Cisco Systems is diving into the emerging 802.11n wireless market with its first 802.11n-based Ethernet access point (AP), the Aironet 1250, which will offer higher speeds and greater reliability for a wide range of enterprise-ready wireless devices.
In an announcement Tuesday, Cisco said the new AP is based on the emerging 802.11n Draft 2 standard, which is still a year or more away from being adopted as a final standard.
The move is being made now, according to the company, because some chip makers and laptop hardware manufacturers have been building 802.11n Draft 2 features into their new products, making them ready for use under the new draft standards. "There's lots of momentum behind it," said Ben Gibson, director of mobility solutions at Cisco.
The Aironet 1250, which will be available for sale next month starting at US$1,299 each, is the first wireless product to be certified for the 802.11n standard by the Wi-Fi Alliance standards body, which reviews and compiles the standards, according to Gibson.
Cisco also said that upcoming 802.11n access points can be powered over their Ethernet connections, making them much easier to deploy. That's important, Gibson said, because they are often placed in ceilings and other remote locations where an electrical outlet is not available, making their installation more complicated.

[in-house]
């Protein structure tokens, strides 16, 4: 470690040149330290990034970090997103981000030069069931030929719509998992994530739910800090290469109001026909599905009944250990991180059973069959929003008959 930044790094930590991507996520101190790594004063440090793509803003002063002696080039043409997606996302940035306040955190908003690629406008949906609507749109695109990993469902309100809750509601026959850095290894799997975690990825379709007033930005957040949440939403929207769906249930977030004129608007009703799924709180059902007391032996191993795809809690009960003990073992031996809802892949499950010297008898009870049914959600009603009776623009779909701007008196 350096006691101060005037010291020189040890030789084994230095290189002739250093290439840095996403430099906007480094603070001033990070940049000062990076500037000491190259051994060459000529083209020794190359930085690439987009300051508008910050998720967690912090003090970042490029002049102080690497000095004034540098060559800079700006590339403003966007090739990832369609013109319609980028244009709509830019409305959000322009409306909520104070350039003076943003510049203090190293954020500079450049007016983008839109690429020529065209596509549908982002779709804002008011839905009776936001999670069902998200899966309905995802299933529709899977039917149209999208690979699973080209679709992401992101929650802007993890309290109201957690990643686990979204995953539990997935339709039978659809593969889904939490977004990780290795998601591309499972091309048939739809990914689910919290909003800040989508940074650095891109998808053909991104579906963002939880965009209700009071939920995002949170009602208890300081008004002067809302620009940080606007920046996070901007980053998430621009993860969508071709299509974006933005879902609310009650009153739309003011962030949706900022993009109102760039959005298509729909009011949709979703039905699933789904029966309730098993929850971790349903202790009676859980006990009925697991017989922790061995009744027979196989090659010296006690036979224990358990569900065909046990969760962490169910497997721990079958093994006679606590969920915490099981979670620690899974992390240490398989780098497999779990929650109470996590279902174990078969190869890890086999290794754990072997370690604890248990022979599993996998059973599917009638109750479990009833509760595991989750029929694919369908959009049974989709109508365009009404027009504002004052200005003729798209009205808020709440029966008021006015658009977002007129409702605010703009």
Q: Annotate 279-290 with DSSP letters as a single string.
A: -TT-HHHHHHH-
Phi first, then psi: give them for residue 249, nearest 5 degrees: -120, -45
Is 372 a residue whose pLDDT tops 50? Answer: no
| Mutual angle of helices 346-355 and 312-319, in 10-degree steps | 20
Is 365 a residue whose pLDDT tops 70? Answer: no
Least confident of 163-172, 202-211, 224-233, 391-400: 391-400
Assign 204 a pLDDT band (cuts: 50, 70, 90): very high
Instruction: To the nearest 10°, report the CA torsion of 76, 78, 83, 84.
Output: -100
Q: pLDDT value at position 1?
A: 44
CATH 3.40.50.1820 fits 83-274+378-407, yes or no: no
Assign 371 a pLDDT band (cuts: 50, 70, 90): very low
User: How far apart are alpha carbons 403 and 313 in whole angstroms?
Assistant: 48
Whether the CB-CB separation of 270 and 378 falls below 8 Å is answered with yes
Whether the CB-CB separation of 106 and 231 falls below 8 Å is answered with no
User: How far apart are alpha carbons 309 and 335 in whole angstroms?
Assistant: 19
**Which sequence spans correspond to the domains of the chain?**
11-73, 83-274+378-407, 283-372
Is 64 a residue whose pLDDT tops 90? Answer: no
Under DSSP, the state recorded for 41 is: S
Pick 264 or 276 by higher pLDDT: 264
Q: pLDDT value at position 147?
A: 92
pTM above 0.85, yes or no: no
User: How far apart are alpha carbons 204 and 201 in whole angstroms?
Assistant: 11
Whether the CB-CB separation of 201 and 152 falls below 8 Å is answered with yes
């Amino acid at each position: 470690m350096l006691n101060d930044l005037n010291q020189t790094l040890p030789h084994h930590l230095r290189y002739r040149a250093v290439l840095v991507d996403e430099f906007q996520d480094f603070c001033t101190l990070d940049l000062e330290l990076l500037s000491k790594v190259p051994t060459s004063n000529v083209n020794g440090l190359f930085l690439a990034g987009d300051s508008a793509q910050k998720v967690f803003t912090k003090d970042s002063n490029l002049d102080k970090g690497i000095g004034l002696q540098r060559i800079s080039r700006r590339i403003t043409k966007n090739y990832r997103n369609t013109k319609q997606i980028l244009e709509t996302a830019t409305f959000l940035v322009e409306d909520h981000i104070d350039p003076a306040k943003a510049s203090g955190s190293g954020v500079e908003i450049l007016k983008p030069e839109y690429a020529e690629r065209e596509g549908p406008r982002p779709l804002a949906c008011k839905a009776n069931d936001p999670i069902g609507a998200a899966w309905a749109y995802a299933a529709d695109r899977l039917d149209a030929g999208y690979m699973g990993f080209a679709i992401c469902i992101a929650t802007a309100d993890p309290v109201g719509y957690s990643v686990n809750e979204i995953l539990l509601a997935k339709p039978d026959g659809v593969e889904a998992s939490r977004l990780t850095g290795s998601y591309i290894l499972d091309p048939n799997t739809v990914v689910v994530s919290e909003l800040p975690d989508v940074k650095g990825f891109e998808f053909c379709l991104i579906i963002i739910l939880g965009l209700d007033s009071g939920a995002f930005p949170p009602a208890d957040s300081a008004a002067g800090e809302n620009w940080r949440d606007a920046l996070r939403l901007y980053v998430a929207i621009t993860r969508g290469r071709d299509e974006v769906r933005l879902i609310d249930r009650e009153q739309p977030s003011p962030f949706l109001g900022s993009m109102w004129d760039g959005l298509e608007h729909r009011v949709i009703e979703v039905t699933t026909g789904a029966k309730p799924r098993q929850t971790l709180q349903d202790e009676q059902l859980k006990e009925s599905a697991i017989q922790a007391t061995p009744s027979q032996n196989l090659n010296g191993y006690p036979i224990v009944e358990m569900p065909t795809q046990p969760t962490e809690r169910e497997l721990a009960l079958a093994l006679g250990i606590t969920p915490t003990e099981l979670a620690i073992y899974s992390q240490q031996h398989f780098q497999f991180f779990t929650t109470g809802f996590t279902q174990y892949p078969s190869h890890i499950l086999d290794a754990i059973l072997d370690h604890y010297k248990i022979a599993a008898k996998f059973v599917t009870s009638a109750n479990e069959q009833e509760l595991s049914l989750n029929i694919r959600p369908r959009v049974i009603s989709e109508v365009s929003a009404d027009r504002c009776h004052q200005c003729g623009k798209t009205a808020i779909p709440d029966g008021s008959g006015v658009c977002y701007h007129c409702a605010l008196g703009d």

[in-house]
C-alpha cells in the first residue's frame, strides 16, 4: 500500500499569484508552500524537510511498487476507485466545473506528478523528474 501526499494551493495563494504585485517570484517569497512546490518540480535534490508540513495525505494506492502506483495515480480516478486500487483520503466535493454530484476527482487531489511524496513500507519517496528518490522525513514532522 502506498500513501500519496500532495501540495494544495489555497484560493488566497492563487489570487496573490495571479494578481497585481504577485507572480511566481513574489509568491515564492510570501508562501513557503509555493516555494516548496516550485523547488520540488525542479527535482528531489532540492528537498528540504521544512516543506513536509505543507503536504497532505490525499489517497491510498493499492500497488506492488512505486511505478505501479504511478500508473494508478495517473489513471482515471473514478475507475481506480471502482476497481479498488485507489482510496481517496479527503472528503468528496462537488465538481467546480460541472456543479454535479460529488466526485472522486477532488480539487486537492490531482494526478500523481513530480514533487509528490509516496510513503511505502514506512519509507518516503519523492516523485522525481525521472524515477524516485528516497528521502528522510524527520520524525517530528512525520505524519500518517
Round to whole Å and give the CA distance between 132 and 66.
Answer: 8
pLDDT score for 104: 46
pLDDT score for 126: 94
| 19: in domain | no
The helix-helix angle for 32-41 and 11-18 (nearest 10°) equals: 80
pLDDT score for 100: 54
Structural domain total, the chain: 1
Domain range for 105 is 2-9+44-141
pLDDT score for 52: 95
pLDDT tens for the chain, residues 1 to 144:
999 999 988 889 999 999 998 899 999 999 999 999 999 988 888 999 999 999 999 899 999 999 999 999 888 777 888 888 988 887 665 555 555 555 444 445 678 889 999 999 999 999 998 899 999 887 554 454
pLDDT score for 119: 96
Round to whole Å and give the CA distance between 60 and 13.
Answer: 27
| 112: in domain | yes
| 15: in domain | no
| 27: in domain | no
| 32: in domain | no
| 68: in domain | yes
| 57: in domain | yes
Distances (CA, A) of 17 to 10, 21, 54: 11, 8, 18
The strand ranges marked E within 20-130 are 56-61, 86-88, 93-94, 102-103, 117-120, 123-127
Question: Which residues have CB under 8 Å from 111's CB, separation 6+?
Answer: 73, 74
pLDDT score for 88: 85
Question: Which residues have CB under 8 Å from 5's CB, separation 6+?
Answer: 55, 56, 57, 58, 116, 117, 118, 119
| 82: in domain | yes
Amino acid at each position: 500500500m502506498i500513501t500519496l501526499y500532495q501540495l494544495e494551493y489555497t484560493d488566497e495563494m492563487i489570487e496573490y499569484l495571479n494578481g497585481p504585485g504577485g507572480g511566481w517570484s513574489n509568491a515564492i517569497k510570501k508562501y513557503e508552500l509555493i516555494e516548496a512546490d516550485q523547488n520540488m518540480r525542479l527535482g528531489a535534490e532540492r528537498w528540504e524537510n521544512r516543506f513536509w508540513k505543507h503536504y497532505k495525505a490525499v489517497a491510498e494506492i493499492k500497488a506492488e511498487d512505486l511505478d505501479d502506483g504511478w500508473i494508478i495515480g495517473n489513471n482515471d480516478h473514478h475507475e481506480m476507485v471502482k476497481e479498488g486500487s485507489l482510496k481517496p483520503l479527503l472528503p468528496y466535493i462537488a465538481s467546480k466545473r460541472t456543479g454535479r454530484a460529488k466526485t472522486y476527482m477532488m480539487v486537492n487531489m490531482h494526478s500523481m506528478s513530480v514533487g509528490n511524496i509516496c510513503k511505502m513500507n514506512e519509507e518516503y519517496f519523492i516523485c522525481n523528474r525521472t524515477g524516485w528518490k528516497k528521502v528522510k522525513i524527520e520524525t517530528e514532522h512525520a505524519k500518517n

The move to the 802.11n wireless standard offers customers a theoretical maximum bandwidth of 300MB/sec. That's up from today's theoretical maximum of 54MB/sec. using the 802.11g wireless standard.
"Customers are looking at the prospect of an exponential increase both of the quantity and diversity of Wi-Fi-enabled devices that are going to be coming into the business market," Gibson said. "These devices will need a higher-speed network with higher reliability; that's going to be the driver. Will this happen overnight? Absolutely not."
Craig Mathias, an analyst at Farpoint Group in Ashland, Mass., said it's a major endorsement of the emerging 802.11n standard by Cisco. For many other vendors in the market, he said, the question has been, Should they wait for the final standard to be adopted, or should they move to bring out products based on the Draft 2 standard? With Cisco's move and adoption of the Draft 2 standard, the floodgates may soon open, Mathias said.
"My feeling is that Cisco is happy with what the Wi-Fi Alliance has done" in creating the latest draft protocol, Mathias said. The standard could still change slightly, but Mathias said he believes it will be relatively close to the Draft 2 standard at final adoption. "What Cisco is basically saying is, 'There's a new technology available, the risk is very low, we know that customers want to buy it, so we're in the game,'" he said.
With the prospect of better bandwidth, improved capacity and higher reliability, the move to 802.11n makes sense for Cisco, users and other vendors, he said. "The bottom line is it's happening now," Mathias said. "There's no reason to wait."